“I live day-to-day, I don't think about the virus,” she told AFP.    

“I think about what I'm going to cook and what I'm going to give my children to eat.”

By AFP's Thomas Perroteau

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COVID-19

Spain rules out EU’s advice on compulsory Covid-19 vaccination 

Spain’s Health Ministry said Thursday there will be no mandatory vaccination in the country following the European Commission’s advice to Member States to “think about it” and Germany’s announcement that it will make vaccines compulsory in February.

Spain rules out EU's advice on compulsory Covid-19 vaccination 
A Spanish man being vaccinated poses with a custom-made T-shirt showing Spain's chief epidimiologist Fernando Simón striking a 'Dirty Harry/Clint Eastwood' pose over the words "What part of keep a two-metre distance don't you understand?' Photo: José Jordan

Spain’s Health Minister Carolina Darias on Thursday told journalists Covid-19 vaccines will continue to be voluntary in Spain given the “very high awareness of the population” with regard to the benefits of vaccination.

This follows the words of European Commission chief Ursula von der Leyen on Thursday, urging Member States to “think about mandatory vaccination” as more cases of the Omicron variant are detected across Europe. 

READ ALSO: Is Spain proving facts rather than force can convince the unvaccinated?

“I can understand that countries with low vaccine coverage are contemplating this and that Von der Leyen is considering opening up a debate, but in our country the situation is absolutely different,” Darias said at the press conference following her meeting with Spain’s Interterritorial Health Council.

According to the national health minister,  this was also “the general belief” of regional health leaders of each of Spain’s 17 autonomous communities she had just been in discussion with over Christmas Covid measures. 

READ MORE: Spain rules out new restrictions against Omicron variant

Almost 80 percent of Spain’s total population is fully vaccinated against Covid-19, a figure which is around 10 percent higher if looking at those who are eligible for the vaccine (over 12s).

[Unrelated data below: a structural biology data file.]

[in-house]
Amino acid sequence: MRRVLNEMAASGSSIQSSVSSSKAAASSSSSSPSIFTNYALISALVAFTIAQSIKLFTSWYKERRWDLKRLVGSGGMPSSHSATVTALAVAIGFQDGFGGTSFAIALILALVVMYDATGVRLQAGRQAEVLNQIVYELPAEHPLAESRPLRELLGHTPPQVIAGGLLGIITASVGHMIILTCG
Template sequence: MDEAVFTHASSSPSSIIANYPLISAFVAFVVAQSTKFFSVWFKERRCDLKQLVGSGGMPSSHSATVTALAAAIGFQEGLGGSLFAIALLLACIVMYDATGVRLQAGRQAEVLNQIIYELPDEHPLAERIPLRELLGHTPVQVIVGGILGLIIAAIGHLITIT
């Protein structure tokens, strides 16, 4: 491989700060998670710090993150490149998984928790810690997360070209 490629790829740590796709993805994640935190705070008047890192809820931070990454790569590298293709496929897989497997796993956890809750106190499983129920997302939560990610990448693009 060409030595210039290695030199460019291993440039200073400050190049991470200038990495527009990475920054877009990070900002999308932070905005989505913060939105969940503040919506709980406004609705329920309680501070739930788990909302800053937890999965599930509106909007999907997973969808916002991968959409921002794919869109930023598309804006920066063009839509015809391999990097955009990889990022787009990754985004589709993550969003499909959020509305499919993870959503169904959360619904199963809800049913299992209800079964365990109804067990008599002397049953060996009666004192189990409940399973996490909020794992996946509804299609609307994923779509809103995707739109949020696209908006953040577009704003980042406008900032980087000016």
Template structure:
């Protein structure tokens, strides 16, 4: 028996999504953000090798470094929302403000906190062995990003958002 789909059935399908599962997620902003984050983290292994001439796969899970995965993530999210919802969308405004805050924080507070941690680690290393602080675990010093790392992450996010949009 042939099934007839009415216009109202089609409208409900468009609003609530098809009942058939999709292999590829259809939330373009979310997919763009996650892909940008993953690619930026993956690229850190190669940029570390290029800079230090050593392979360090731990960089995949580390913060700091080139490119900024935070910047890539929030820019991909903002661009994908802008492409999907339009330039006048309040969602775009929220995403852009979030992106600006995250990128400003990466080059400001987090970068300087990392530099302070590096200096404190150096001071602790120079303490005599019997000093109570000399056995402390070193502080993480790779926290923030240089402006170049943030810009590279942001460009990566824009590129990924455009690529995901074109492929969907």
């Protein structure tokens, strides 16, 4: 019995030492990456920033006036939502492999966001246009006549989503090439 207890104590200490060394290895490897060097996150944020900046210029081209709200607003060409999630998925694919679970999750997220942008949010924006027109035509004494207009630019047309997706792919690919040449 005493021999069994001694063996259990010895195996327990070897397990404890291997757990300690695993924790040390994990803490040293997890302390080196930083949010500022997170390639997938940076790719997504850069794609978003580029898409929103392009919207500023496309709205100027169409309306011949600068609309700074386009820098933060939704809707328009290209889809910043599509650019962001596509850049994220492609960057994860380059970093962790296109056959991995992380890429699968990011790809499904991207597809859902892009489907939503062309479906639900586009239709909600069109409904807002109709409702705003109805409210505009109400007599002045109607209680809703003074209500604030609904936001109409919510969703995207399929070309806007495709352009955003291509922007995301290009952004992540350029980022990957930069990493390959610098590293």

It has the highest vaccination rate among Europe’s most populous countries.

Germany announced tough new restrictions on Thursday in a bid to contain its fourth wave of Covid-19 aimed largely at the country’s unvaccinated people, with outgoing Chancellor Angela Merkel speaking in favour of compulsory vaccinations, which the German parliament is due to vote on soon.

Austria has also already said it will make Covid-19 vaccines compulsory next February, Belgium is also considering it and Greece on Tuesday said it will make vaccination obligatory for those over 60.

But for Spain, strict Covid-19 vaccination rules have never been on the table, having said from the start that getting the Covid-19 jabs was voluntary. 

There’s also a huge legal implication to imposing such a rule which Spanish courts are unlikely to look on favourably. 

Stricter Covid restrictions and the country’s two states of alarm, the first resulting in a full national lockdown from March to May 2020, have both been deemed unconstitutional by Spain’s Constitutional Court. 

READ ALSO: Could Spain lock down its unvaccinated or make Covid vaccines compulsory?

The Covid-19 health pass to access indoor public spaces was also until recently consistently rejected by regional high courts for breaching fundamental rights, although judges have changed their stance favouring this Covid certificate over old Covid-19 restrictions that affect the whole population.

MAP: Which regions in Spain now require a Covid health pass for daily affairs?

“In Spain what we have to do is to continue vaccinating as we have done until now” Darias added. 

“Spaniards understand that vaccines are not only a right, they are an obligation because we protect others with them”.

What Spanish health authorities are still considering is whether to vaccinate their 5 to 11 year olds after the go-ahead from the European Medicines Agency, with regions such as Madrid claiming they will start vaccinating their young children in December despite there being no official confirmation from Spain’s Vaccine Committee yet.

READ MORE: Will Spain soon vaccinate its children under 12?

Spain’s infection rate continues to rise day by day, jumping 17 points up to 234 cases per 100,000 people on Thursday. There are now also five confirmed cases of the Omicron variant in the country, one through community transmission.

Hospital bed occupancy with Covid patients has also risen slightly nationwide to 3.3 percent, as has ICU Covid occupancy which now stands at 8.4 percent, but the Spanish government insists these figures are “almost three times lower” than during previous waves of the coronavirus pandemic.